A University of Minnesota School of Public Health study found that girls who used unhealthy weight-control behaviors and experienced the harms of weight stigma during adolescence were likely to use substances as adults.
The study analyzed survey data from 1,147 women participating in the school’s Project EAT, a long-term research project tracking the health and wellbeing of adolescents into adulthood. The researchers looked at participants’ reports of weight stigma and unhealthy weight-control behaviors from surveys completed at the start of the project when they were teenagers. The participants were then split into three groups based on their weight stigma experiences: those who reported no weight stigma; weight stigma only (being teased by peers or parents) with no sense of harm; and weight stigma with perceived harms (e.g., being bothered by teasing).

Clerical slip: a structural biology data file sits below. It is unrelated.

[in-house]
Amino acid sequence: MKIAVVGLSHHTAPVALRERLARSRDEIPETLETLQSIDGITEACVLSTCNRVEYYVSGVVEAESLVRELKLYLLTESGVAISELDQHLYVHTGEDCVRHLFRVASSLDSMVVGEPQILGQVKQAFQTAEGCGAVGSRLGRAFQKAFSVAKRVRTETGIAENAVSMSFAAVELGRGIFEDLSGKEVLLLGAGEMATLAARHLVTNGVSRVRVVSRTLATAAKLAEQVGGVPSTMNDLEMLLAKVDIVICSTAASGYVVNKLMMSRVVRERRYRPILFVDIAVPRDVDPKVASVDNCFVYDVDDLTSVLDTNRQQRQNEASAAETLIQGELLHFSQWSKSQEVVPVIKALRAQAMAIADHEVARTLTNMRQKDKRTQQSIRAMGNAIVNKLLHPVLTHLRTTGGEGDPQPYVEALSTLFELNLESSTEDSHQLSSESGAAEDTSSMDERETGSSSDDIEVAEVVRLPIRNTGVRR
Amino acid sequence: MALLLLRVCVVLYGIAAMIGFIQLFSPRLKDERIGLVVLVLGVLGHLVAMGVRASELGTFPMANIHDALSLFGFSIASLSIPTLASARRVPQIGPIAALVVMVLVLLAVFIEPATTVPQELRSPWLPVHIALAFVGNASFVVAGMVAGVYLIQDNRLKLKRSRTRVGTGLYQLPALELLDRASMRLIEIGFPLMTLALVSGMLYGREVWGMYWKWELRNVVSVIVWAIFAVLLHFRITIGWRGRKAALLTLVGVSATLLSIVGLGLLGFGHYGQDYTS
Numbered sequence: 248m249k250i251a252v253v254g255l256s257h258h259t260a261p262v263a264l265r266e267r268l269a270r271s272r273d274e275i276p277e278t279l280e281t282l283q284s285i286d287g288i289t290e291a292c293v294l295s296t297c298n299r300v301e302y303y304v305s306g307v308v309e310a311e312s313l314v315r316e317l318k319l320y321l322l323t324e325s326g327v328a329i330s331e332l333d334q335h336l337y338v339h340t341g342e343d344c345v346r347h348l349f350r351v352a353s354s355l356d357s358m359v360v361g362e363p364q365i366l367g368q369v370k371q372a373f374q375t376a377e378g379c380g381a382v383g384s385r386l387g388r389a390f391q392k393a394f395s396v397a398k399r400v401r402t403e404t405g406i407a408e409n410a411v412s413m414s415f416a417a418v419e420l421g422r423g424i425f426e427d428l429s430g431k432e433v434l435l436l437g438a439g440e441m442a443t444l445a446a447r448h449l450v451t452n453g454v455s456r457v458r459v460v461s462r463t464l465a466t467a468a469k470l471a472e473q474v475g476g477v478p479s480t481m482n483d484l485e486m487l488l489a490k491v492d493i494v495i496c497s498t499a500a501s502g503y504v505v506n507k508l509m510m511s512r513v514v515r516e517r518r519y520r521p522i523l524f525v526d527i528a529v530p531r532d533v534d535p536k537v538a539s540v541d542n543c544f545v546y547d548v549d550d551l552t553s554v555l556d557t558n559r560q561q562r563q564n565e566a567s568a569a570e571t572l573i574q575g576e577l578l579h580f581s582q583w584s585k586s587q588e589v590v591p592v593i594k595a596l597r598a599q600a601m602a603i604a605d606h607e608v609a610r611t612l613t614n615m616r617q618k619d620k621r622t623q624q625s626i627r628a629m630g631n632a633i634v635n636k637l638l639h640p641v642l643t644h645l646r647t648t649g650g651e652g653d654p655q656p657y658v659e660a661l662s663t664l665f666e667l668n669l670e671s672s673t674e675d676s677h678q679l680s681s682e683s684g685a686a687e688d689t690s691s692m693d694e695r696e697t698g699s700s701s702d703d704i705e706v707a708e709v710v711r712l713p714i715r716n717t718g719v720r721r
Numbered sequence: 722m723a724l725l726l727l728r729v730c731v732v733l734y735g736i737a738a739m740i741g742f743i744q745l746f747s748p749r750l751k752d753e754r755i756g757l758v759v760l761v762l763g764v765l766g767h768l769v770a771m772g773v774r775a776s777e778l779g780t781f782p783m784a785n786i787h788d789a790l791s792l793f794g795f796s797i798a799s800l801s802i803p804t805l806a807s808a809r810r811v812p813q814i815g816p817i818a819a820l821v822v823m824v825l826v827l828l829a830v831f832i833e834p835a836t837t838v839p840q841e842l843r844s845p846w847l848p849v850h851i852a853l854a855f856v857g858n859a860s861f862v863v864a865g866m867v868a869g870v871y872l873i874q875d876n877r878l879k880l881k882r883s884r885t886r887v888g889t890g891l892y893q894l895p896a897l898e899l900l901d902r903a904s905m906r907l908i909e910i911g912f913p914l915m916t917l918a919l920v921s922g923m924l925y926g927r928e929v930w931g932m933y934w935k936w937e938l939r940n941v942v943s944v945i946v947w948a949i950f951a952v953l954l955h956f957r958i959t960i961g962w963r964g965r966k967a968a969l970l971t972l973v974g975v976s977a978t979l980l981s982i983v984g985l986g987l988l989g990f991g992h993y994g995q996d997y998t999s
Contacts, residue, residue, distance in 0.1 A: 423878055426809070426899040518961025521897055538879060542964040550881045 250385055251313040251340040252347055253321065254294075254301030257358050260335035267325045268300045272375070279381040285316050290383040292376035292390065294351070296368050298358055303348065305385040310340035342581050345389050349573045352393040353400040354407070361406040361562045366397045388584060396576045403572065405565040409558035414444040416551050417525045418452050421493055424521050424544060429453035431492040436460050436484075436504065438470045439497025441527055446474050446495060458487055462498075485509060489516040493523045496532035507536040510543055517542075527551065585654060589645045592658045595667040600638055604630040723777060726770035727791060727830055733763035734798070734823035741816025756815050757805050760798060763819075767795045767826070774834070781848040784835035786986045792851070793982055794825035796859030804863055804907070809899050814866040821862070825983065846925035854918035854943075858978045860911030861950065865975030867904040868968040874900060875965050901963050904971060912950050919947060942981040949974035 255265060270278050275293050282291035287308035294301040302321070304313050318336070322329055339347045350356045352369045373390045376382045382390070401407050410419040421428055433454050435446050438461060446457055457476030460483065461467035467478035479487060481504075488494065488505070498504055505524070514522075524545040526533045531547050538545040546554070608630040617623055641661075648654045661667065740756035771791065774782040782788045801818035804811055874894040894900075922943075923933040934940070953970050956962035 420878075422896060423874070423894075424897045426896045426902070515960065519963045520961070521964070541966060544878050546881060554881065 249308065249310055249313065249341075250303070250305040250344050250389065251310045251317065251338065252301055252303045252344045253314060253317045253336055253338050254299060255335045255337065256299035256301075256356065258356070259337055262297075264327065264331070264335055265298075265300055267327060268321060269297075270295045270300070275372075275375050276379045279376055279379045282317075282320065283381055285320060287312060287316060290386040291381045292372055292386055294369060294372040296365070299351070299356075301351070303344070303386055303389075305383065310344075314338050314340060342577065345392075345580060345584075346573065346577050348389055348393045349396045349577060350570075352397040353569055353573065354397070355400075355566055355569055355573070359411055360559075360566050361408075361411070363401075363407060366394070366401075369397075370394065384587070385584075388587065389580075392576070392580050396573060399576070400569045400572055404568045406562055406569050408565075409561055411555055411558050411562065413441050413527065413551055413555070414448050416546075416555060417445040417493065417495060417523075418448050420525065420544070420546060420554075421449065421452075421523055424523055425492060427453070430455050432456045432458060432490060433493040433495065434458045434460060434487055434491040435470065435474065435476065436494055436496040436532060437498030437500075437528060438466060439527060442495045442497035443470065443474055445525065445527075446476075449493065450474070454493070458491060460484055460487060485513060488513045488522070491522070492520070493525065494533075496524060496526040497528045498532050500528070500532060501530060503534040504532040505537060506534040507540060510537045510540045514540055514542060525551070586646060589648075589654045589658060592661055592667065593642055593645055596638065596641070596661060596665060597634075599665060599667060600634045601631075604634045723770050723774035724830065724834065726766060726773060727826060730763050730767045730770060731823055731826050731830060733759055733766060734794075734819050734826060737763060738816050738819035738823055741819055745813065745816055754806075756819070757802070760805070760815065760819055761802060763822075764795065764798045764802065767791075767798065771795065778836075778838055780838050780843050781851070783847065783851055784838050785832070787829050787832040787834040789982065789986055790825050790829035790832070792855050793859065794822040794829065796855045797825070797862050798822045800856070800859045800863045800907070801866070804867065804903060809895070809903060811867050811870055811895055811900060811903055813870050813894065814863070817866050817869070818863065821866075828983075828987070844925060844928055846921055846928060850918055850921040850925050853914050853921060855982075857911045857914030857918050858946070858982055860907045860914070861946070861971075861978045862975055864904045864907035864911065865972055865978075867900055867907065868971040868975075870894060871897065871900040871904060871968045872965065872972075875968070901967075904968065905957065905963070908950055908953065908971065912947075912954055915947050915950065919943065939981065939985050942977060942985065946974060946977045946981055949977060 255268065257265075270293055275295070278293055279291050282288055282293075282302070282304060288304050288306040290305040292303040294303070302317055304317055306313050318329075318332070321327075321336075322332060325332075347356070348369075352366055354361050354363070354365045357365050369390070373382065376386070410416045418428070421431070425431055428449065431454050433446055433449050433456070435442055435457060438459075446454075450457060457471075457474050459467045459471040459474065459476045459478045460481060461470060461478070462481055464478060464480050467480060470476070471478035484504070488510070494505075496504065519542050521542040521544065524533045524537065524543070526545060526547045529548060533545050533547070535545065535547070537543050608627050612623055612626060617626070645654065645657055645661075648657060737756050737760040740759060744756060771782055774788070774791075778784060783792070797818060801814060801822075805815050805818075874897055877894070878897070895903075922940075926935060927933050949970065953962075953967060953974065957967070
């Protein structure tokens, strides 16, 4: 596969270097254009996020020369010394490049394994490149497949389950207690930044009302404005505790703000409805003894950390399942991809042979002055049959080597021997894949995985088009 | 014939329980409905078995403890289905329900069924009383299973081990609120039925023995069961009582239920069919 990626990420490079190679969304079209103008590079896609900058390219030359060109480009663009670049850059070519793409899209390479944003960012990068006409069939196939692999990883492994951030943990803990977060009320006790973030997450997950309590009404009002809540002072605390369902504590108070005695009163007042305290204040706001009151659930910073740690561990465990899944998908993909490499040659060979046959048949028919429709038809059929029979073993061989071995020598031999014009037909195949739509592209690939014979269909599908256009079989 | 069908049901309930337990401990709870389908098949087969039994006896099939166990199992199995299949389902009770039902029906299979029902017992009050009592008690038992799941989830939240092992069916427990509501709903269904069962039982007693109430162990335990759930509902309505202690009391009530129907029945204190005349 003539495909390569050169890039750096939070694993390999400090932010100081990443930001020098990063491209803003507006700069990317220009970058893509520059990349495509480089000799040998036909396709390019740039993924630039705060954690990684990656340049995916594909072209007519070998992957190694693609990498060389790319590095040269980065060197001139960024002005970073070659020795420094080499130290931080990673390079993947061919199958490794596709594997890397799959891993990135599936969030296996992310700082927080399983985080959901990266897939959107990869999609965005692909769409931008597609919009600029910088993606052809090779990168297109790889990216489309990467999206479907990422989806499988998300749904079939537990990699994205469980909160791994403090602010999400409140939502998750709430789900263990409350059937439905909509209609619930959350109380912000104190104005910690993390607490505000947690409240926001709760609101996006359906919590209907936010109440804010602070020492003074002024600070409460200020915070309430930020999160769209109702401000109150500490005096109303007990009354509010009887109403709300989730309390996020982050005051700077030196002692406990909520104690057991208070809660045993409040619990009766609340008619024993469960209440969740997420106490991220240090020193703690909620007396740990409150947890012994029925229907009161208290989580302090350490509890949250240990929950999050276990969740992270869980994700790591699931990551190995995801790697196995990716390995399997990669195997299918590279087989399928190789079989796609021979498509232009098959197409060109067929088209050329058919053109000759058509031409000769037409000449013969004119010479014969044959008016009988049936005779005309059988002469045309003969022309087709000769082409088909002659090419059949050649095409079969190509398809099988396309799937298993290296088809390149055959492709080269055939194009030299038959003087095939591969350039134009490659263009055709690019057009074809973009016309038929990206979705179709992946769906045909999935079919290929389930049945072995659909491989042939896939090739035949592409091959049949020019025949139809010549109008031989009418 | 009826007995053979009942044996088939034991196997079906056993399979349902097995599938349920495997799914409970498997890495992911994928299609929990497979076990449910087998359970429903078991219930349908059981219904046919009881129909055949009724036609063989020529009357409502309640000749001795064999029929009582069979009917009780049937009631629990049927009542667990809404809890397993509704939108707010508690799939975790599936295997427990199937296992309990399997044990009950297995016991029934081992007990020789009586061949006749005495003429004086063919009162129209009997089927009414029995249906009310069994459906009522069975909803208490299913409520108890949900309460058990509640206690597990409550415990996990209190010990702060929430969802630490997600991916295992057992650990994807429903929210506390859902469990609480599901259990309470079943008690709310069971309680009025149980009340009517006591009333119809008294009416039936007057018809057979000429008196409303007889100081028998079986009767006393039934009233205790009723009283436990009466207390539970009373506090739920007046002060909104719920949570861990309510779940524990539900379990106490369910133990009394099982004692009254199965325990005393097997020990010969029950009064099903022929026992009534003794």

Next, the researchers reviewed surveys from the same participants completed 10 years later when they were young adults and identified any reported substance use.
The results showed: